One year after Congress created school vouchers in the District of Columbia, parents are happy to have a choice, although an academic advantage for students who transfer to private schools is not yet apparent. Even if none materializes, the private alternative looks like a bargain: Students who use vouchers each get a scholarship worth $7,500, only half of what D.C. schools spend for each student. Two-thirds of the schools accepting vouchers are run by the Catholic Church, so tuition is presumably subsidized by the church and by teachers who are willing to work for lower pay than the public schools offer. But it's hard to believe this voluntary subsidy (which, regardless of its size, is morally preferable to forcibly extracted taxes) amounts to anything like $7,500 per student.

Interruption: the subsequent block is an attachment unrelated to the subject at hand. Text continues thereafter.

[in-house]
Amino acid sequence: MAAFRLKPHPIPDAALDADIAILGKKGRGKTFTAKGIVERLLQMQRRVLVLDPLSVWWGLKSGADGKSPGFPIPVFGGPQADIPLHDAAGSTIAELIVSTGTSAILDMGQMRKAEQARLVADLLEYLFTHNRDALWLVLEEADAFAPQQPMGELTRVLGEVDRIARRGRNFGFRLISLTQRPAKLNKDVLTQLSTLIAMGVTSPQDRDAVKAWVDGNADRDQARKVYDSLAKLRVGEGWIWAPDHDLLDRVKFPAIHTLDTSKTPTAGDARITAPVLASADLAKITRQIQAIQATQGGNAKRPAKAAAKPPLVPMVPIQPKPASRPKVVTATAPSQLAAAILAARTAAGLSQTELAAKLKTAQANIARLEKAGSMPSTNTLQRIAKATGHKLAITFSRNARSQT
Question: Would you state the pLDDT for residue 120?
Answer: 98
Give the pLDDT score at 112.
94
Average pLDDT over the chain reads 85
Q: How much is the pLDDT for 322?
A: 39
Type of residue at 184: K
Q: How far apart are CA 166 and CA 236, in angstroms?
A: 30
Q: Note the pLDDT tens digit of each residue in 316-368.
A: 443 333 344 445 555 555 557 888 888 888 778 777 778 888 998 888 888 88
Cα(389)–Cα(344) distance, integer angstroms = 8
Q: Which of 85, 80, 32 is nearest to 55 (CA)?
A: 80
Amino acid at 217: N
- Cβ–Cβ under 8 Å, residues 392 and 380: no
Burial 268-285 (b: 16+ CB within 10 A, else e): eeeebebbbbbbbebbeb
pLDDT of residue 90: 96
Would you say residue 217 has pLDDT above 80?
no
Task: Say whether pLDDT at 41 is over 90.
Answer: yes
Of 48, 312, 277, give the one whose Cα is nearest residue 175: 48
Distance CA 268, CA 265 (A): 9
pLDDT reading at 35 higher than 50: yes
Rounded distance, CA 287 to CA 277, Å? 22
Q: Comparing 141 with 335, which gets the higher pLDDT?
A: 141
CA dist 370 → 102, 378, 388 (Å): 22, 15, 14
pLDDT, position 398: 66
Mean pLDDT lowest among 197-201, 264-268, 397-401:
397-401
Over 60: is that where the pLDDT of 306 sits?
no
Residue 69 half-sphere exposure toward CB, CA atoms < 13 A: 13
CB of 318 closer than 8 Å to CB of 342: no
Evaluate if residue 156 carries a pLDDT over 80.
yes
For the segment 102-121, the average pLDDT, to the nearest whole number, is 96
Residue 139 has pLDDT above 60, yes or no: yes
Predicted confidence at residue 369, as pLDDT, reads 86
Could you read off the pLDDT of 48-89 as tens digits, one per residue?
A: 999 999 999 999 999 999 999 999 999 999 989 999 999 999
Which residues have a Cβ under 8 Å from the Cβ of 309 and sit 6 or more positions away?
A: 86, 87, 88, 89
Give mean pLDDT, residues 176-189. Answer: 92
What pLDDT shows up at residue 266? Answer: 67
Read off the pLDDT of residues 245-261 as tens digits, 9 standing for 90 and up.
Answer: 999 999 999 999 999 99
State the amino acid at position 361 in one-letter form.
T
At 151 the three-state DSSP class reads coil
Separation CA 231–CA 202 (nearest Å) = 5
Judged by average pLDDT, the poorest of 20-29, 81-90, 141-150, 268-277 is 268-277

The Washington Post Tried To Memory-Hole Kamala Harris' Bad Joke About Inmates Begging for Food and Water
At a time when legacy publications are increasingly seen as playing for one political "team" or the other, this type of editorial decision will not do anything to fix that perception.
The new president availed himself of Seila Law v. Consumer Financial Protection Bureau.
California Preservationists Sue To Overturn Law That Requires Property Owners Consent To Having Their Homes Landmarked
The lawsuit from three Orange County preservation groups argues that supposedly historic buildings should be afforded the same environmental protections as "air, water, and forests."
"She was charged with violating the Reopening Ontario Act."